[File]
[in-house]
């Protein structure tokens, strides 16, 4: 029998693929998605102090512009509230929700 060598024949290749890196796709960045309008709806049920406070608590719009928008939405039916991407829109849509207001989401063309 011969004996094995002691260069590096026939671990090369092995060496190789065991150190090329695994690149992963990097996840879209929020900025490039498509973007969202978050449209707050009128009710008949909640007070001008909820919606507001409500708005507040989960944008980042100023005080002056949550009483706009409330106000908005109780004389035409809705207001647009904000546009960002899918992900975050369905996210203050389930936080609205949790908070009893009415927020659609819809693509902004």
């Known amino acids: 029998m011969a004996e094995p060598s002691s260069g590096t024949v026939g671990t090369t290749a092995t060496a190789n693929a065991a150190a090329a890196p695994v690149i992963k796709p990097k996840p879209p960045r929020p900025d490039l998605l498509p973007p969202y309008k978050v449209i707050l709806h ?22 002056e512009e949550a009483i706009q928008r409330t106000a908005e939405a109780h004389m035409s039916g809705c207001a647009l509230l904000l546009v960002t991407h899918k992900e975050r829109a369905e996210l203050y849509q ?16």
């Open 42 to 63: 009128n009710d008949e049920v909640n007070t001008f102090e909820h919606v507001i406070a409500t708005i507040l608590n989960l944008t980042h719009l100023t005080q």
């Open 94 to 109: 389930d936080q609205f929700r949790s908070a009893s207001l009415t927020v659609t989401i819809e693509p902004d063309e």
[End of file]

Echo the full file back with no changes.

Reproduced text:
[in-house]
């Protein structure tokens, strides 16, 4: 029998693929998605102090512009509230929700 060598024949290749890196796709960045309008709806049920406070608590719009928008939405039916991407829109849509207001989401063309 011969004996094995002691260069590096026939671990090369092995060496190789065991150190090329695994690149992963990097996840879209929020900025490039498509973007969202978050449209707050009128009710008949909640007070001008909820919606507001409500708005507040989960944008980042100023005080002056949550009483706009409330106000908005109780004389035409809705207001647009904000546009960002899918992900975050369905996210203050389930936080609205949790908070009893009415927020659609819809693509902004």
């Known amino acids: 029998m011969a004996e094995p060598s002691s260069g590096t024949v026939g671990t090369t290749a092995t060496a190789n693929a065991a150190a090329a890196p695994v690149i992963k796709p990097k996840p879209p960045r929020p900025d490039l998605l498509p973007p969202y309008k978050v449209i707050l709806h ?22 002056e512009e949550a009483i706009q928008r409330t106000a908005e939405a109780h004389m035409s039916g809705c207001a647009l509230l904000l546009v960002t991407h899918k992900e975050r829109a369905e996210l203050y849509q ?16």
């Open 42 to 63: 009128n009710d008949e049920v909640n007070t001008f102090e909820h919606v507001i406070a409500t708005i507040l608590n989960l944008t980042h719009l100023t005080q």
């Open 94 to 109: 389930d936080q609205f929700r949790s908070a009893s207001l009415t927020v659609t989401i819809e693509p902004d063309e």